We can use our utilities, but no extra expenses on these utilities. No renting movies on cable, no text messages that aren’t already covered by our cell phone plan, and so on.

I followed this up with fifteen things to do during such a weekend, fifteen more things to do, and fifteen deeply fulfilling things to do during such a weekend.

Since then, lots of people have sent me ideas for activities for money-free weekends, plus we’ve uncovered a bunch of our own. At the same time, many readers have asked for a master list of all of these ideas.

So, here we go – one hundred fun ways to spend a money free weekend. The list below includes the first forty-five (with duplicates removed), plus about sixty new ones. Print this off and use it as a checklist or a thumbnail guide for your own money-free weekend. Please note that everyone’s interests are different – you probably won’t find everything on this list fun and neither will someone else, but the two lists won’t overlap (I can think of countless things other people find fun that I find utterly dreadful). Anyway, here goes!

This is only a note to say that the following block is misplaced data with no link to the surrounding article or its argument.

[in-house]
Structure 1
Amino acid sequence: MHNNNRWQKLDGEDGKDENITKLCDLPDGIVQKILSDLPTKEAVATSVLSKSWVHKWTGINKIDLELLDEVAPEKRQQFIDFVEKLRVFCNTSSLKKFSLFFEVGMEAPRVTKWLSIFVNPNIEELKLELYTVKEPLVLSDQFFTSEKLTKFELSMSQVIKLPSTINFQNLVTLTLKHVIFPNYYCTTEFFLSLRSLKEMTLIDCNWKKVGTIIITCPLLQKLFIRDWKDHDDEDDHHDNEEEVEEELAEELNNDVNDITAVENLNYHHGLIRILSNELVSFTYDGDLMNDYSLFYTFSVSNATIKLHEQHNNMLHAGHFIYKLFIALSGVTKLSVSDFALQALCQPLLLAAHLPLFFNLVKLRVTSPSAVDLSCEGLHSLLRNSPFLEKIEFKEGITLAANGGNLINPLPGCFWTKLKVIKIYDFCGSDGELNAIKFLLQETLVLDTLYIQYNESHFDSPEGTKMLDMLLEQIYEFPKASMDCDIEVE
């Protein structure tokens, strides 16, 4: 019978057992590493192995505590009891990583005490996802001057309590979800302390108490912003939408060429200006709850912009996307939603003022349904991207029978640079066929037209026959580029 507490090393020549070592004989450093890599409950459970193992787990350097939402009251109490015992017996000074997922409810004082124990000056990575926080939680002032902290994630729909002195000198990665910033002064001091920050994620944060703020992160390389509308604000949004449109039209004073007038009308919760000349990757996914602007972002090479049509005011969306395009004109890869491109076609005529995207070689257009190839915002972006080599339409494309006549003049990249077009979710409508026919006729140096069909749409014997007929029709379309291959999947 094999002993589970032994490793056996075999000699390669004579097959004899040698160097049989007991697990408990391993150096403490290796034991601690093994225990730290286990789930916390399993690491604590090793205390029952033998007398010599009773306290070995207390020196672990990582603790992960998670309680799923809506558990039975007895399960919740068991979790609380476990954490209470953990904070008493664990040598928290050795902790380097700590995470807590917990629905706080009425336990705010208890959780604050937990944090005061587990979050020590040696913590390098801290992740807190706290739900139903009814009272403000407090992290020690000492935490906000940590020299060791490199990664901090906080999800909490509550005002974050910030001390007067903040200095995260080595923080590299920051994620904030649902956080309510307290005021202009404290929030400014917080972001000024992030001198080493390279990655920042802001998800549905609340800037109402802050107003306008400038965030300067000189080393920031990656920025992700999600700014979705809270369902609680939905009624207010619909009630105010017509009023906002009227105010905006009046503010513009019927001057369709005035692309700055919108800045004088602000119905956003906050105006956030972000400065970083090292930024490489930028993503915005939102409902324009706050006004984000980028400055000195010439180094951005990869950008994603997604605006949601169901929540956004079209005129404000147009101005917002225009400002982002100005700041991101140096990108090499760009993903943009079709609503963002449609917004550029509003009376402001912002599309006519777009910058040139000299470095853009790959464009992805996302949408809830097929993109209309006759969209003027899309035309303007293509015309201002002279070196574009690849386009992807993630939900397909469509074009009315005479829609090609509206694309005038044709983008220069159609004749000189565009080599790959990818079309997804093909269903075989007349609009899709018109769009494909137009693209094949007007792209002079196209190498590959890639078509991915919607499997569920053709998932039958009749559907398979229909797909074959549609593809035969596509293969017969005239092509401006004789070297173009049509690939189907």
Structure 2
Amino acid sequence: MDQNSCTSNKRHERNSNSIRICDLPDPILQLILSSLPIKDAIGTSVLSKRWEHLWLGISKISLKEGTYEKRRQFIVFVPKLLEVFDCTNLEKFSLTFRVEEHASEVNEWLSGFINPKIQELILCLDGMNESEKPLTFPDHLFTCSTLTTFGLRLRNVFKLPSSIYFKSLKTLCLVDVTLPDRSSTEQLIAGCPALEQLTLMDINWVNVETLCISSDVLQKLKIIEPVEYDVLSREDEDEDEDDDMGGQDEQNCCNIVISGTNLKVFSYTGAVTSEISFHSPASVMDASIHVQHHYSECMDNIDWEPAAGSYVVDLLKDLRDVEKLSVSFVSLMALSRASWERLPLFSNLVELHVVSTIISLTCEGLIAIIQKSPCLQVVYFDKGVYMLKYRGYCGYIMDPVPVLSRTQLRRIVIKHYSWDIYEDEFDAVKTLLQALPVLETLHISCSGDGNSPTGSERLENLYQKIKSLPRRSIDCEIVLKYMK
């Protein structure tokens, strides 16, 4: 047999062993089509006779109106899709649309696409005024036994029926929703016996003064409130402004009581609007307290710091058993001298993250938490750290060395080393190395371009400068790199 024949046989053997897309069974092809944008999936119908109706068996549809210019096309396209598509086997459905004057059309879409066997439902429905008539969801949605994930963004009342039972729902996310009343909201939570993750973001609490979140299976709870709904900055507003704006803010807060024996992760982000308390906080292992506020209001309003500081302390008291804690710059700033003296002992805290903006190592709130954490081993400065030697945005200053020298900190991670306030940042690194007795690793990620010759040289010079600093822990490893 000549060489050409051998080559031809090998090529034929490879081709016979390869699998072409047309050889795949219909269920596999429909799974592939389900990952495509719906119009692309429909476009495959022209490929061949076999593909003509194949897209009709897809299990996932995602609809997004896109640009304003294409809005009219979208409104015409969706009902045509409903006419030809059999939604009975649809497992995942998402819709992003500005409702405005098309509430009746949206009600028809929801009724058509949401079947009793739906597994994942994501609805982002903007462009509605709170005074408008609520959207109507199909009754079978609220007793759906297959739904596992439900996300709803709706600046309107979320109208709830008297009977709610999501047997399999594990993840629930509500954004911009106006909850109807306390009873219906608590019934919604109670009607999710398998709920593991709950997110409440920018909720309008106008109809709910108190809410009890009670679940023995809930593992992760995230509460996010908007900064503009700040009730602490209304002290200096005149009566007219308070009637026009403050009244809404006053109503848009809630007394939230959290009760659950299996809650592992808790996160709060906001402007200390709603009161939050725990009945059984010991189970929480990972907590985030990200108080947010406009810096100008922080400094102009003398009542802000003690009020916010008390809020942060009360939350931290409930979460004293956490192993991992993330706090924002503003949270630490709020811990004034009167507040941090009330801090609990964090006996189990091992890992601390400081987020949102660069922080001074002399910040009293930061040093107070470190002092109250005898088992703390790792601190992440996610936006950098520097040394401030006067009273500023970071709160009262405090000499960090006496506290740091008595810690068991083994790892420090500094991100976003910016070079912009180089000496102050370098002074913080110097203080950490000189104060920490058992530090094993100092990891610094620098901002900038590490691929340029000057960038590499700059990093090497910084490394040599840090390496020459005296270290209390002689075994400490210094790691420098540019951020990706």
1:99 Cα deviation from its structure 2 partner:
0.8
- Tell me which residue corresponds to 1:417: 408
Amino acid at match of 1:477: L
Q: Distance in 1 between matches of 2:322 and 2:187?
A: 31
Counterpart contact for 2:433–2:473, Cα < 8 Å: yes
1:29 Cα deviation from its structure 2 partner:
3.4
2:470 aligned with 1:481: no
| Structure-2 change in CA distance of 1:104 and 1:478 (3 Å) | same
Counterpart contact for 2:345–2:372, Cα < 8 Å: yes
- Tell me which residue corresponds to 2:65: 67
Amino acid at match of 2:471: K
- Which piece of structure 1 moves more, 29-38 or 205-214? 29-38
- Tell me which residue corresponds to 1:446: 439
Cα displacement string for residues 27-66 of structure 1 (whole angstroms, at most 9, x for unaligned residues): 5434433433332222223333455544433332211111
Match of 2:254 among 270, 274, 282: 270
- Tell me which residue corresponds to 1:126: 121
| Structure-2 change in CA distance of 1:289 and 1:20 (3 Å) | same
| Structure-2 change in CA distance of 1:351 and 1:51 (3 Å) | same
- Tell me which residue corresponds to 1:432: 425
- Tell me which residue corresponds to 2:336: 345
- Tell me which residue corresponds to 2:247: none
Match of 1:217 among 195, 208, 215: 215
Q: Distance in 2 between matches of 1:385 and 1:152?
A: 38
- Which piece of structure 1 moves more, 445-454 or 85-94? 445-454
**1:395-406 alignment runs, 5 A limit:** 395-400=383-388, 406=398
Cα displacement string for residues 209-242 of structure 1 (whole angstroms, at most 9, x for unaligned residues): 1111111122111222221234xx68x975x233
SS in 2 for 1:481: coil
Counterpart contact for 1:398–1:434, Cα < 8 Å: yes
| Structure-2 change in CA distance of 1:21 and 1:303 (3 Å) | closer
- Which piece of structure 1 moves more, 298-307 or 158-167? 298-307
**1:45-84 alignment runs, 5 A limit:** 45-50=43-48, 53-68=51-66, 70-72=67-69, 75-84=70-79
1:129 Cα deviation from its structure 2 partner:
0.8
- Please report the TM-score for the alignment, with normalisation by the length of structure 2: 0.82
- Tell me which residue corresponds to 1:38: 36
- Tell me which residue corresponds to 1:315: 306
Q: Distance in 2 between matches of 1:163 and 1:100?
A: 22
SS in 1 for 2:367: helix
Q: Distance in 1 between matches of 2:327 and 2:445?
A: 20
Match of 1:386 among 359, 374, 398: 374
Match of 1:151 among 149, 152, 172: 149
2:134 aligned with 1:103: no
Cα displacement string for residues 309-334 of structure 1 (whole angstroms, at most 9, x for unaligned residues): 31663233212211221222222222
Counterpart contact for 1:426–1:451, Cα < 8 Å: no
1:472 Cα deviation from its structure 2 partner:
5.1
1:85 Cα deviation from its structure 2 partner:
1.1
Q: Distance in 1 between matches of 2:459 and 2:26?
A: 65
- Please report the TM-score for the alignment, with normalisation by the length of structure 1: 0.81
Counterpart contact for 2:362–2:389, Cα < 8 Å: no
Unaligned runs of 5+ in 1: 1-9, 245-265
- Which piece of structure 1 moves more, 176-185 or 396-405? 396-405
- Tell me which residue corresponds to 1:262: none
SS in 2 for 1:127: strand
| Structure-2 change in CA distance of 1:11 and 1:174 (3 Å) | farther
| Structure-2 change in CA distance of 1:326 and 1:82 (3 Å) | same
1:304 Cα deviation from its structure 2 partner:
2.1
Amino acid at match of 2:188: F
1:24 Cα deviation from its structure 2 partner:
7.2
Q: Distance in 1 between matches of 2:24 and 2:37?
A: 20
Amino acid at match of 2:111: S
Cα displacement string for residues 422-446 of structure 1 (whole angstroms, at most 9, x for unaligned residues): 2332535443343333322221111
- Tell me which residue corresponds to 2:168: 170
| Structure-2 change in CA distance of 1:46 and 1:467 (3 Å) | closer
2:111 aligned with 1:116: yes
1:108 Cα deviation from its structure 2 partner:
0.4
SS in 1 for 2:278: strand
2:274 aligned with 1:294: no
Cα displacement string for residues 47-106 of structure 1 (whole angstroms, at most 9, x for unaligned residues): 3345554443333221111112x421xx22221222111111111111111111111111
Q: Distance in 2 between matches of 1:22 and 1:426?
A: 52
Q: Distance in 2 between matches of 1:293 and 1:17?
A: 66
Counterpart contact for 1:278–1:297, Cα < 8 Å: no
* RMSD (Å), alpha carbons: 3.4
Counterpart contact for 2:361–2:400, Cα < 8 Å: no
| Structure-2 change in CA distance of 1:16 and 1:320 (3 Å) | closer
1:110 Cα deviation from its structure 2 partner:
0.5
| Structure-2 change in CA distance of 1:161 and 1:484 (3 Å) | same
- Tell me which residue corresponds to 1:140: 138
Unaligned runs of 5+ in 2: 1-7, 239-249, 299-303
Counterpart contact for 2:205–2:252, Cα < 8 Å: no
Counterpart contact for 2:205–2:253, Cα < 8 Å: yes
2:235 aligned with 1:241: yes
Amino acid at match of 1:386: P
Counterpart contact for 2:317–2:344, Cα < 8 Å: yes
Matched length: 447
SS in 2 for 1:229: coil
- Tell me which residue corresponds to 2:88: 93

Take a look and give it a go.

Written by LeisureGuy

17 July 2008 at 3:55 pm

Posted in Daily life

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Big corporations care nothing for your well-being

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It’s quite clear that large corporations operate only for financial profit and care nothing for the effects of their actions beyond the money involved. This is one reason why regulations and close monitoring are necessary. And even when evidence of wrong-doing is found, corporations will deny and stall to continue to reap more profits. For example: